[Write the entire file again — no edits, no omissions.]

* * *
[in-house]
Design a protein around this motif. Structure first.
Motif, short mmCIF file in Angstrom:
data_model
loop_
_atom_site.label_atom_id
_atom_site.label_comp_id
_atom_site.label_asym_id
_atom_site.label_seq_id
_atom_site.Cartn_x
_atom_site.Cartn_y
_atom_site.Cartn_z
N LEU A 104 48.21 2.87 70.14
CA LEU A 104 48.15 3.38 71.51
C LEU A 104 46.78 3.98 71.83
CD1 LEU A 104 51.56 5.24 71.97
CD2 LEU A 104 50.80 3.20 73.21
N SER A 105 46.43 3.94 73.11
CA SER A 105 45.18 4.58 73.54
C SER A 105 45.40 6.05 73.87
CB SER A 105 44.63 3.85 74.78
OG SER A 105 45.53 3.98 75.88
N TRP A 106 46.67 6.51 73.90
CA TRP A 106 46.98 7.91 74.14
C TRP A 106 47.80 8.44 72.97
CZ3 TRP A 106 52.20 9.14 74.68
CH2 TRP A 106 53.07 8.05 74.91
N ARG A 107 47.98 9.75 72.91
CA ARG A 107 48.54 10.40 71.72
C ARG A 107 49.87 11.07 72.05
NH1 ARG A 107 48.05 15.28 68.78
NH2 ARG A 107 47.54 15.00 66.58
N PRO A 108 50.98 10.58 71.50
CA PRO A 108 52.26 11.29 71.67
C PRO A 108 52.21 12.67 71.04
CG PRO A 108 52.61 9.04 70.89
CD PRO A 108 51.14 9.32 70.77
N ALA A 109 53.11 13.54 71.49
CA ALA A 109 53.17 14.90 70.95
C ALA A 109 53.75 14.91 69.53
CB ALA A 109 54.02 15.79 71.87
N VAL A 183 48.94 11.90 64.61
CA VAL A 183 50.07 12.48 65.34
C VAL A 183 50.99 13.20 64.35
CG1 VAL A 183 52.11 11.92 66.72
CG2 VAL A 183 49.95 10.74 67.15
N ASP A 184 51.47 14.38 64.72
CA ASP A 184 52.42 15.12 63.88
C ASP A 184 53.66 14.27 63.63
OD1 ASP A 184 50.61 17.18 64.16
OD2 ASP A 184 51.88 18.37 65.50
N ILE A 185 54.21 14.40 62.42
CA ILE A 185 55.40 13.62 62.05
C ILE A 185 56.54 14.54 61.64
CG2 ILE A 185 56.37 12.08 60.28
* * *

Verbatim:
[in-house]
Design a protein around this motif. Structure first.
Motif, short mmCIF file in Angstrom:
data_model
loop_
_atom_site.label_atom_id
_atom_site.label_comp_id
_atom_site.label_asym_id
_atom_site.label_seq_id
_atom_site.Cartn_x
_atom_site.Cartn_y
_atom_site.Cartn_z
N LEU A 104 48.21 2.87 70.14
CA LEU A 104 48.15 3.38 71.51
C LEU A 104 46.78 3.98 71.83
CD1 LEU A 104 51.56 5.24 71.97
CD2 LEU A 104 50.80 3.20 73.21
N SER A 105 46.43 3.94 73.11
CA SER A 105 45.18 4.58 73.54
C SER A 105 45.40 6.05 73.87
CB SER A 105 44.63 3.85 74.78
OG SER A 105 45.53 3.98 75.88
N TRP A 106 46.67 6.51 73.90
CA TRP A 106 46.98 7.91 74.14
C TRP A 106 47.80 8.44 72.97
CZ3 TRP A 106 52.20 9.14 74.68
CH2 TRP A 106 53.07 8.05 74.91
N ARG A 107 47.98 9.75 72.91
CA ARG A 107 48.54 10.40 71.72
C ARG A 107 49.87 11.07 72.05
NH1 ARG A 107 48.05 15.28 68.78
NH2 ARG A 107 47.54 15.00 66.58
N PRO A 108 50.98 10.58 71.50
CA PRO A 108 52.26 11.29 71.67
C PRO A 108 52.21 12.67 71.04
CG PRO A 108 52.61 9.04 70.89
CD PRO A 108 51.14 9.32 70.77
N ALA A 109 53.11 13.54 71.49
CA ALA A 109 53.17 14.90 70.95
C ALA A 109 53.75 14.91 69.53
CB ALA A 109 54.02 15.79 71.87
N VAL A 183 48.94 11.90 64.61
CA VAL A 183 50.07 12.48 65.34
C VAL A 183 50.99 13.20 64.35
CG1 VAL A 183 52.11 11.92 66.72
CG2 VAL A 183 49.95 10.74 67.15
N ASP A 184 51.47 14.38 64.72
CA ASP A 184 52.42 15.12 63.88
C ASP A 184 53.66 14.27 63.63
OD1 ASP A 184 50.61 17.18 64.16
OD2 ASP A 184 51.88 18.37 65.50
N ILE A 185 54.21 14.40 62.42
CA ILE A 185 55.40 13.62 62.05
C ILE A 185 56.54 14.54 61.64
CG2 ILE A 185 56.37 12.08 60.28